St Mark's Mansfield


Leave a comment

Growing gardeners

If you’ve walked round to the front of the Henley Hall or passed by on the street you can’t fail to have smiled at the sight of the colourful wellies spilling over with bright primulas!   They’ve certainly attracted some attention and comment.

The flowers were planted by the under-fives group one Tuesday afternoon and this is just the start of what we hope will be a regular visit by the youngsters to the community garden.   As one of the mums commented, ” they love getting dirty!”.  Sowing the seeds of future gardeners is one of the most important things we can do with our garden space.   We learn together that the earth is so generous and forgiving if we treat it with respect and care.

Before the Easter break, the children will plant up troughs with strawberries so they can watch them flower and fruit over the next couple of months on the wall outside the hall.   A tasty treat for snack time!


Leave a comment

From the garden seat

wp_20161204_10_52_28_proLast autumn, John O’Leary, one of our community gardeners, renovated an old seat that had been donated to us.   It now has pride of place in the memorial garden and on a sunny day it’s a comfortable spot to curl up and take some time out.   Thank you John!

Jackie (pictured here), writes, “Please could I give a little praise to our wonderful gardeners who keep everything nice, especially the piece I call my oasis on a sunny day.

It’s the bench in the remembrance garden where, armed with coffee and biscuits, I can sit and watch the world go by lost in thought and reverie and after a while one doesn’t notice the traffic going by.   You just see the different colours and think of kingfishers flashing past.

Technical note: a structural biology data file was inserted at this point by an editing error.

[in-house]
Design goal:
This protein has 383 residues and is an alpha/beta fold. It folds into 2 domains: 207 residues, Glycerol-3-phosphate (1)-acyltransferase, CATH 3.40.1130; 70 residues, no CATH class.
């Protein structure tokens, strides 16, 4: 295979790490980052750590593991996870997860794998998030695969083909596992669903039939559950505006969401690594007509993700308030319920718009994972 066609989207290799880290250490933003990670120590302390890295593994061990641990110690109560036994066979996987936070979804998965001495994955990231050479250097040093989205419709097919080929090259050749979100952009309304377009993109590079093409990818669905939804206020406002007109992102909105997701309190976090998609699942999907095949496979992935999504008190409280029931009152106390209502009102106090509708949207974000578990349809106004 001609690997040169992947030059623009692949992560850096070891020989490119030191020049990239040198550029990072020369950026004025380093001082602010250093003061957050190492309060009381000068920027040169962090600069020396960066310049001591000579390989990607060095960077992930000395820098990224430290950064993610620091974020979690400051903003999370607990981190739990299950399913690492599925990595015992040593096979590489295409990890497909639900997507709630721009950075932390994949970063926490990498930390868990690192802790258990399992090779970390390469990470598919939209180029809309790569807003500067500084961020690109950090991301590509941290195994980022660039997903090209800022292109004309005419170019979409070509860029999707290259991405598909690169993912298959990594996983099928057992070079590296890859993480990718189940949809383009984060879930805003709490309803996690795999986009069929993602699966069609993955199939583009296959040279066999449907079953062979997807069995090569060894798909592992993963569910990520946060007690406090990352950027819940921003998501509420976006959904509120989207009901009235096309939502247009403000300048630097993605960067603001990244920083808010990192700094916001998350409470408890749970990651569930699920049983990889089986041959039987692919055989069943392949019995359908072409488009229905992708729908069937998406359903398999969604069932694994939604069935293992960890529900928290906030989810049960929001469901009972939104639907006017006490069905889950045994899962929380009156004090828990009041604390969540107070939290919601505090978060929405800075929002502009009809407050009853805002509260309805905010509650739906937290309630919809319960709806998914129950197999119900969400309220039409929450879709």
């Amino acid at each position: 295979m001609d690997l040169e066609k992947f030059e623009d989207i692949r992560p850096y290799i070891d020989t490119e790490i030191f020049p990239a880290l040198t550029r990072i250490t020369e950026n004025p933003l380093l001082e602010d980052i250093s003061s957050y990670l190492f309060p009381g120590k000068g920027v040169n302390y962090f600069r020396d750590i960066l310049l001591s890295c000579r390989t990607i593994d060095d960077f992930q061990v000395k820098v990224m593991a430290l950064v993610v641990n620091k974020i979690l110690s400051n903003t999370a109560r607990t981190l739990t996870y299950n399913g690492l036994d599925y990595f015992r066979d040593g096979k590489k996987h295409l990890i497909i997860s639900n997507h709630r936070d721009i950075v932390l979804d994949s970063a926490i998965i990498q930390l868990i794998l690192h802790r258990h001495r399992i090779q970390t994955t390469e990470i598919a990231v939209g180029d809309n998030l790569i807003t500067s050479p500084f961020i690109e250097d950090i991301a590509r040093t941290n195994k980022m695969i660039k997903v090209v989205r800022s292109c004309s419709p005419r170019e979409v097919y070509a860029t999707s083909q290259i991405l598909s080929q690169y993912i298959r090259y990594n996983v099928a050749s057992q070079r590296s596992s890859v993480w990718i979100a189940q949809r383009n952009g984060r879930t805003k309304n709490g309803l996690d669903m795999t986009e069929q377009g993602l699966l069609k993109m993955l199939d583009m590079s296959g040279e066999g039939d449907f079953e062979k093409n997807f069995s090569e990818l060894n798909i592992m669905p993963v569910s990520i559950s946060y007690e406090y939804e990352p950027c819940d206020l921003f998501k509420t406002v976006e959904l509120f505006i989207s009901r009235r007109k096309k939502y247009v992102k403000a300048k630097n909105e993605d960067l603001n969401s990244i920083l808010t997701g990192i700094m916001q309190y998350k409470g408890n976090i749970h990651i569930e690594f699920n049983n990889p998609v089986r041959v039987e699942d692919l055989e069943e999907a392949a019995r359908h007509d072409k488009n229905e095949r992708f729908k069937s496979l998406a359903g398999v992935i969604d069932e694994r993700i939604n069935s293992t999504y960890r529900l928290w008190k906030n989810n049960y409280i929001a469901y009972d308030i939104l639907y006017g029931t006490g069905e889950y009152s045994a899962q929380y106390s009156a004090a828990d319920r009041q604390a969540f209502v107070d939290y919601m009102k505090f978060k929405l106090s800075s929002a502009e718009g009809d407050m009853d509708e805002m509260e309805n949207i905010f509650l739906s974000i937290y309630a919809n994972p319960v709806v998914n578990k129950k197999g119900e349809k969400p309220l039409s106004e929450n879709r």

There’s a quote that says,” We have no time to stand and stare”.   NO  but we can sit and have a coffee!”

Thank you Jackie.   If you sit there on a warm day you might smell the wonderful scent from the winter honeysuckle blooming along the wall.   The flowers are small and insignificant to look at but the fragrance is quite overwhelming.


Leave a comment

Life cycle

wp_20170119_12_54_11_pro-2As the days start to lengthen, there is a feeling of something stirring in the garden.   Green fingers are getting twitchy and we want to clear the litter of last year’s growth to discover the green shoots of snowdrops and daffodils poking up out of the damp soil.

There are certainly signs of life in the community garden at St Mark’s.   See if you can spot the beautiful ‘turkeytail’ fungus (pictured below) growing on a dead laurel stump near the shed, or the shy primroses blooming in the wild meadow.   This area will generously reveal its secrets throughout the year until it is finally mowed in the late summer, enabling regeneration the following spring.   To find out what you might expect to see, have a look in the lovely Green and Wild folder at the back of church.   Feel free to borrow it for a week.

Just as the garden renews itself each year, our church community is a living body, subject to a similar cycle of apparent death and resurrection.   Beloved friends worship and work with us, enriching our lives.   Pam and Phil’s departure is painful but they leave us a fecundity ripe for metamorphosis and new growth.   We are grateful for the time they have spent with us and pray for them as they put roots down in another place.wp_20170110_14_07_00_pro-2

Creator God, we pray that you will help us to welcome change and to see your hand at work in every situation.   Thank you for the diversity of our church community and for the variety of gifts we share.   Although our shape may change and evolve we continue to work and worship together as part of Christ’s body in the world.